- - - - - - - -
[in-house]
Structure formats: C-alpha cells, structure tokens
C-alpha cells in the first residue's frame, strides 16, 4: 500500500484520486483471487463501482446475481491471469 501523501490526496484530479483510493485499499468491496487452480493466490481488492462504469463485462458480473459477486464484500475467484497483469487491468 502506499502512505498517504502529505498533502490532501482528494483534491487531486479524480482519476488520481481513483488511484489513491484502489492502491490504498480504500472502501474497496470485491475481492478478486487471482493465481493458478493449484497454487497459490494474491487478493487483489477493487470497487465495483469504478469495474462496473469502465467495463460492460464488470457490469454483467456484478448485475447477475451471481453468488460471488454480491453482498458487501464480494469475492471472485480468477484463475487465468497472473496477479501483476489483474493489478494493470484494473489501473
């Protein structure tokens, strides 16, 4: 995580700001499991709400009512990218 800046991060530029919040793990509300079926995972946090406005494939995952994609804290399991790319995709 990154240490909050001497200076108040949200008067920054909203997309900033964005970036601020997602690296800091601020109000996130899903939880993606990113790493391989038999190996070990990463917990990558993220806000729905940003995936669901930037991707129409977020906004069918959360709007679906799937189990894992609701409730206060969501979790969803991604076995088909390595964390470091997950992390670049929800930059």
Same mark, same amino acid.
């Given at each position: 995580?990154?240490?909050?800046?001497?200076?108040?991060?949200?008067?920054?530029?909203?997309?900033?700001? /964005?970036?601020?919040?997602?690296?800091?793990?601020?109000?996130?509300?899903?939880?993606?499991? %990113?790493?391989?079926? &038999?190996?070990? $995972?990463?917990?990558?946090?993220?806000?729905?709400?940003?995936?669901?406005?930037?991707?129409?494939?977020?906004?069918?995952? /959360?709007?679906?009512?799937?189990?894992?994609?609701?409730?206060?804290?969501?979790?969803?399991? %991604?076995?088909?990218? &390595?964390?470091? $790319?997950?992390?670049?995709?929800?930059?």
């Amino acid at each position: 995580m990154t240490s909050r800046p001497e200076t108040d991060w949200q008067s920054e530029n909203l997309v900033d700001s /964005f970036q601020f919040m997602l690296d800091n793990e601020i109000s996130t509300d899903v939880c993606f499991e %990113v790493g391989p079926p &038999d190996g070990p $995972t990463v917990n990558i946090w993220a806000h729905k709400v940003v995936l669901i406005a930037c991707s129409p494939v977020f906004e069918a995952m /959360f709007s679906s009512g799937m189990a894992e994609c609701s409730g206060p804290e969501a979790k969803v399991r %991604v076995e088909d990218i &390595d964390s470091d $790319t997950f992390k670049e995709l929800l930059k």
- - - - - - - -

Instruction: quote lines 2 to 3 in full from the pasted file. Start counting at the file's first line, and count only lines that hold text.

Structure formats: C-alpha cells, structure tokens
C-alpha cells in the first residue's frame, strides 16, 4: 500500500484520486483471487463501482446475481491471469 501523501490526496484530479483510493485499499468491496487452480493466490481488492462504469463485462458480473459477486464484500475467484497483469487491468 502506499502512505498517504502529505498533502490532501482528494483534491487531486479524480482519476488520481481513483488511484489513491484502489492502491490504498480504500472502501474497496470485491475481492478478486487471482493465481493458478493449484497454487497459490494474491487478493487483489477493487470497487465495483469504478469495474462496473469502465467495463460492460464488470457490469454483467456484478448485475447477475451471481453468488460471488454480491453482498458487501464480494469475492471472485480468477484463475487465468497472473496477479501483476489483474493489478494493470484494473489501473